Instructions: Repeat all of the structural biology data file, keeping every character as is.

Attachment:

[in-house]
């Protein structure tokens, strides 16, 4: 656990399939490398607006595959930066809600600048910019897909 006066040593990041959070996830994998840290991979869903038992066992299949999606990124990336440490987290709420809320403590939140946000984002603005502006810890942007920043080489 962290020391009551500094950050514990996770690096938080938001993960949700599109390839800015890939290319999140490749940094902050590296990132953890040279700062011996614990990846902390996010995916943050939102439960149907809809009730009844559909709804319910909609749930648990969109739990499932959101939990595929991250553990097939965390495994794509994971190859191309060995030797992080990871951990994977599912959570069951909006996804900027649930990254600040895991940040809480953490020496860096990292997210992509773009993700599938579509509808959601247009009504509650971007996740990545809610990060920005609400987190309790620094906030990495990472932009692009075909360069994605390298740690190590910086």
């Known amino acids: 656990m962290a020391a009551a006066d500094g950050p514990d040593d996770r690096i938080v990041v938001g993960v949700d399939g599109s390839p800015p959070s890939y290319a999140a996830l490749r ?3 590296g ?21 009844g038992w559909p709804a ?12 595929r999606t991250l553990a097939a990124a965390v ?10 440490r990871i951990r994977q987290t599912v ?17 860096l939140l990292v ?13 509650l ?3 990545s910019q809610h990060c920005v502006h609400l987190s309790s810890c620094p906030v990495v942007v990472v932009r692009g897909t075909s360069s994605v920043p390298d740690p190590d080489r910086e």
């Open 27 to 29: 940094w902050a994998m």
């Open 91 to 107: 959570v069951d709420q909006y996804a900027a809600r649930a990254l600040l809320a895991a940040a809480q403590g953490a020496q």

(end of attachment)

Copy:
[in-house]
């Protein structure tokens, strides 16, 4: 656990399939490398607006595959930066809600600048910019897909 006066040593990041959070996830994998840290991979869903038992066992299949999606990124990336440490987290709420809320403590939140946000984002603005502006810890942007920043080489 962290020391009551500094950050514990996770690096938080938001993960949700599109390839800015890939290319999140490749940094902050590296990132953890040279700062011996614990990846902390996010995916943050939102439960149907809809009730009844559909709804319910909609749930648990969109739990499932959101939990595929991250553990097939965390495994794509994971190859191309060995030797992080990871951990994977599912959570069951909006996804900027649930990254600040895991940040809480953490020496860096990292997210992509773009993700599938579509509808959601247009009504509650971007996740990545809610990060920005609400987190309790620094906030990495990472932009692009075909360069994605390298740690190590910086």
């Known amino acids: 656990m962290a020391a009551a006066d500094g950050p514990d040593d996770r690096i938080v990041v938001g993960v949700d399939g599109s390839p800015p959070s890939y290319a999140a996830l490749r ?3 590296g ?21 009844g038992w559909p709804a ?12 595929r999606t991250l553990a097939a990124a965390v ?10 440490r990871i951990r994977q987290t599912v ?17 860096l939140l990292v ?13 509650l ?3 990545s910019q809610h990060c920005v502006h609400l987190s309790s810890c620094p906030v990495v942007v990472v932009r692009g897909t075909s360069s994605v920043p390298d740690p190590d080489r910086e």
């Open 27 to 29: 940094w902050a994998m």
């Open 91 to 107: 959570v069951d709420q909006y996804a900027a809600r649930a990254l600040l809320a895991a940040a809480q403590g953490a020496q």